However, this chip upgrade doesn’t transform the Surface Laptop Go 3 into a gaming powerhouse. I achieved around 40 frames per second while playing Halo Infinite in 720p with low settings. Nevertheless, I was impressed by its performance when handling Xbox cloud streaming. During a crowded launch event, I was able to wirelessly stream Need for Speed Unbound without any connectivity issues. Furthermore, I enjoyed a seamless experience playing Lies of P for several hours at home over my Wi-Fi 6 router, which serves as a solid test of the Laptop Go 3’s networking hardware.

Fortunately, Microsoft left untouched the finest aspect of the Laptop Go series: its exceptional keyboard. The keys maintain their delightful responsiveness and depth, making them ideal for my intense typing sessions. Although the trackpad isn’t as expansive as those on other laptops, it suffices for web browsing and productivity tasks. The laptop’s battery life continues to impress, enduring for 9 hours and 10 minutes in PCMark 1. While this falls short of Microsoft’s estimated 15-hour mark, it aligns closely with other recent ultraportable laptops, such as the ASUS ZenBook S 13.

To enhance the Laptop Go 3’s utility, Microsoft could consider expanding its connectivity options. Presently, it offers only one USB Type A connection, a USB-C port, a headphone jack, and a Surface charge port. The addition of a few more USB ports would significantly boost its versatility (although it’s worth noting that it outperforms the 12-inch MacBook, which had only one USB-C port and a 3.5mm headphone jack). At the very least, the inclusion of a microSD card slot for storing media would be a welcome addition.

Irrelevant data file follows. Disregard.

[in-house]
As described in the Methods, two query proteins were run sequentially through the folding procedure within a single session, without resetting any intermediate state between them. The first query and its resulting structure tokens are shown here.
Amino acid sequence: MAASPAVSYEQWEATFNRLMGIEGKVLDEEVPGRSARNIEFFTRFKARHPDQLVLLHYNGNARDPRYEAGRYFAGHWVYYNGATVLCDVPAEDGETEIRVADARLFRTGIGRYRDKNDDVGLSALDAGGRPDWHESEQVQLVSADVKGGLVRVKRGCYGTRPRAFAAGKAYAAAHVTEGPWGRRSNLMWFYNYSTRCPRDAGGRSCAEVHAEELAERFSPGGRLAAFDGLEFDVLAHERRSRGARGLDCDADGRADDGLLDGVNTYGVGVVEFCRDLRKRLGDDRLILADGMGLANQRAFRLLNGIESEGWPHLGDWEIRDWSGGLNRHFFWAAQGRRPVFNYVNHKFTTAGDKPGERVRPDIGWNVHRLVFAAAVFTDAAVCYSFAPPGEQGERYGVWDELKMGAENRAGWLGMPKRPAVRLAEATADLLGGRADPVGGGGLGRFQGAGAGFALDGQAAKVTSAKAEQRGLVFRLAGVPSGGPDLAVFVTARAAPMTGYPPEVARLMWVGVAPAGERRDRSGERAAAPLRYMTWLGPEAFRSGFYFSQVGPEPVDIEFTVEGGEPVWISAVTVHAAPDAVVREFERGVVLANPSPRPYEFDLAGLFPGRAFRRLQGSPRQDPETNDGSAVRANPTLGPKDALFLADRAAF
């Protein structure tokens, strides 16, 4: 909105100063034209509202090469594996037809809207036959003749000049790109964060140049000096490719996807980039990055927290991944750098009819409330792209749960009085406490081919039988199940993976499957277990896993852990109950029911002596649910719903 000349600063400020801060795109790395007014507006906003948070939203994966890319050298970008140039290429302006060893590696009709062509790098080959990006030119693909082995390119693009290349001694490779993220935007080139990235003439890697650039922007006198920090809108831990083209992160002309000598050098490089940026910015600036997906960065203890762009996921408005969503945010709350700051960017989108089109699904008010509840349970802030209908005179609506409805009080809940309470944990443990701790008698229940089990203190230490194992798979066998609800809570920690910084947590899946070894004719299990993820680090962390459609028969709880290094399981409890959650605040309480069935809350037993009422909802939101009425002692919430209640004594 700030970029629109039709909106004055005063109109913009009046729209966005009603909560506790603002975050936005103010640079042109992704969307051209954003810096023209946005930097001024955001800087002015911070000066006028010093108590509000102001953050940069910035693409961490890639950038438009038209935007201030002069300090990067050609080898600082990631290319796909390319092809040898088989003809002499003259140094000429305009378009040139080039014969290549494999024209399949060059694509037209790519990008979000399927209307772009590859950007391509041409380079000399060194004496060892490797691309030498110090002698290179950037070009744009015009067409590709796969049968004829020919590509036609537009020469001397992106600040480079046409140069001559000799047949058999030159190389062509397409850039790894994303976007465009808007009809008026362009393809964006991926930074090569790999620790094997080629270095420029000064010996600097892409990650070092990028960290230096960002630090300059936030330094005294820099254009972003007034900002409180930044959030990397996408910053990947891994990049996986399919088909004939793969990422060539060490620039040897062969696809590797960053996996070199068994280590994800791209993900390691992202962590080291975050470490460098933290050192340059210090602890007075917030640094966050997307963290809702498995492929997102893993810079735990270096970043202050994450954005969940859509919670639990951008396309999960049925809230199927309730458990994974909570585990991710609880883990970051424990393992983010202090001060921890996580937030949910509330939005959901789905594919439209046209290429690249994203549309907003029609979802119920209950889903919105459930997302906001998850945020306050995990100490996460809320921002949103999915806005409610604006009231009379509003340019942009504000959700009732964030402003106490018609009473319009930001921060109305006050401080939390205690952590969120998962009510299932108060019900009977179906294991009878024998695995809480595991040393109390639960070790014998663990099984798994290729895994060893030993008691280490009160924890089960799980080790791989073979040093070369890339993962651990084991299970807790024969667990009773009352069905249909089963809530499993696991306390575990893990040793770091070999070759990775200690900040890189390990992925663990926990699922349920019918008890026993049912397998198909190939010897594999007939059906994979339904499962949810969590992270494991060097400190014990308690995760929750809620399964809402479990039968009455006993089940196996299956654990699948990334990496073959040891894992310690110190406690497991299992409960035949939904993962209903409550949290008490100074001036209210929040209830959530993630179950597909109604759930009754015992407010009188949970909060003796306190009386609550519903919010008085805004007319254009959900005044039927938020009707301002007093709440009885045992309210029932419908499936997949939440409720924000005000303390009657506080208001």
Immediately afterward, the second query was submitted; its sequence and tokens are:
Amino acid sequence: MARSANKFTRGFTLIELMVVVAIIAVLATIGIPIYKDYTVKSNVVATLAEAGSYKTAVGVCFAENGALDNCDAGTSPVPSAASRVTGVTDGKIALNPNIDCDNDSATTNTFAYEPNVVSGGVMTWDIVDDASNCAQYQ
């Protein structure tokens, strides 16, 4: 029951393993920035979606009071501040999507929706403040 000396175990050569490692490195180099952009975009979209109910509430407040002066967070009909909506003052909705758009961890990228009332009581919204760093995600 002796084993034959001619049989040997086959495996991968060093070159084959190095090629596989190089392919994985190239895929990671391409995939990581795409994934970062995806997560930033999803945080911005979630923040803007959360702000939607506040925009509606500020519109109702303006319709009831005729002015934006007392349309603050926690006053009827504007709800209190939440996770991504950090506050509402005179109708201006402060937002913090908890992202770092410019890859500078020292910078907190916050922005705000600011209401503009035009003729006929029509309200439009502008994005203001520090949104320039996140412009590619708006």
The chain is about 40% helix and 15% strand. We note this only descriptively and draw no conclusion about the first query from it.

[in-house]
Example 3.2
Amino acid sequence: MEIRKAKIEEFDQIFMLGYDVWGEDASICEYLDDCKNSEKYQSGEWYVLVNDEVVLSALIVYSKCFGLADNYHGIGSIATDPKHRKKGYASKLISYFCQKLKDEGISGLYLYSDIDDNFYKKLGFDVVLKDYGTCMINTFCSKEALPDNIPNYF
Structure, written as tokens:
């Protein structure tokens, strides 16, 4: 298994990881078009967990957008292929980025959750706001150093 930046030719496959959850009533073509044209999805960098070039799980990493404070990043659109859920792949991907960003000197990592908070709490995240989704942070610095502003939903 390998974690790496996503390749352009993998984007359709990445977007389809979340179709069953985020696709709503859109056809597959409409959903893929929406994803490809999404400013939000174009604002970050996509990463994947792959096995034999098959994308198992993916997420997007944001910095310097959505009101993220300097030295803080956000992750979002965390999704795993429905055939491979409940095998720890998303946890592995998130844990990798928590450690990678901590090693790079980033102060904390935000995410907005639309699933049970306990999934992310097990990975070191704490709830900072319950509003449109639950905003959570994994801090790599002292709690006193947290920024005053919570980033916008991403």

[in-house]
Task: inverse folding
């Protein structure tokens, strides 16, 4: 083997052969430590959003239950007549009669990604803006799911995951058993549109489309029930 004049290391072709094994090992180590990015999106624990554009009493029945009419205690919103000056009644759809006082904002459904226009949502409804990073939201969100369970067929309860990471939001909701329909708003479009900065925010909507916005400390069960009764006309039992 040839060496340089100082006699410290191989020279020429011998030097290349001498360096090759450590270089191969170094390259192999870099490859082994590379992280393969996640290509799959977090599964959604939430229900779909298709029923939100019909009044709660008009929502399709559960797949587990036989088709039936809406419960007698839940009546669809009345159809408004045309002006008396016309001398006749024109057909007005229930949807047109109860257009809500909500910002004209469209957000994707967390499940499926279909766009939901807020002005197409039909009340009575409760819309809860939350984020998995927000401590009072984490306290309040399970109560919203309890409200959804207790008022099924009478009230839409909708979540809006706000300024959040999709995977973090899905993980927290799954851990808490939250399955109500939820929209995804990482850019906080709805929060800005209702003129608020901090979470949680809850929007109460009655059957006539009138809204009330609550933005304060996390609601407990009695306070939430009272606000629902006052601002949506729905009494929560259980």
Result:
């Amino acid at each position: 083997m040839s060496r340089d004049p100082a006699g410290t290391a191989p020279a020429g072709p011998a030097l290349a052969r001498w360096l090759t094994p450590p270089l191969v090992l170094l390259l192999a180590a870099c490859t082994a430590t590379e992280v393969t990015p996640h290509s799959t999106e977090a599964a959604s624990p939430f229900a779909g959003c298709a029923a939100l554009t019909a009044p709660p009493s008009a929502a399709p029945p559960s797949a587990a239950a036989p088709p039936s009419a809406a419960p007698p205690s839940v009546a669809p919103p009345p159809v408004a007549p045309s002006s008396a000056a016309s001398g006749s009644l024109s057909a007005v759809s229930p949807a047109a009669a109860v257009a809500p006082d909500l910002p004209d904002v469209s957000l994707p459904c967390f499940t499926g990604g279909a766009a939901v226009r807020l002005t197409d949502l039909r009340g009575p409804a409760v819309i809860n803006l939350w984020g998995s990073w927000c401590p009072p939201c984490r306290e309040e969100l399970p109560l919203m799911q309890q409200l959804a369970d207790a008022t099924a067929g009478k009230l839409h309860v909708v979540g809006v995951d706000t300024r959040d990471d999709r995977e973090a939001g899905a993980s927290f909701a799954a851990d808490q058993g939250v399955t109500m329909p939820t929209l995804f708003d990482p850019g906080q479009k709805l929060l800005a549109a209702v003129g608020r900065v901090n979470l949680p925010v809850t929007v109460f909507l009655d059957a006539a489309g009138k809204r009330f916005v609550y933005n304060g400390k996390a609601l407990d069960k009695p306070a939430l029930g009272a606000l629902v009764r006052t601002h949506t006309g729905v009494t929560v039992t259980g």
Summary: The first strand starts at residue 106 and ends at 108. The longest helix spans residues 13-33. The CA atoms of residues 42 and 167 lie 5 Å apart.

Priced at $799 to start, the Surface Laptop Go 3 firmly resides within the mid-range laptop category. The $999 model, equipped with 16GB of RAM, could even be considered a premium offering, especially considering that the M1 MacBook Air is available for the same price. In terms of sheer performance, Apple’s device clearly takes the lead, albeit it weighs slightly more at 2.8 pounds. For a compact Windows alternative, the Surface Pro 9 starts at $999 with 8GB of RAM and boasts a larger 13-inch PixelSense screen while weighing just 1.9 pounds.

Considering the scarcity of 12-inch Windows PCs, the Surface Laptop Go 3 truly stands out. With a faster processor and the option of 16GB of RAM, it has evolved beyond being a basic notebook. Somewhat inadvertently, Microsoft has created one of the most appealing and compact mid-range laptops available. Those in search of a new ultraportable device will not be disappointed; just try not to scrutinize the screen too closely.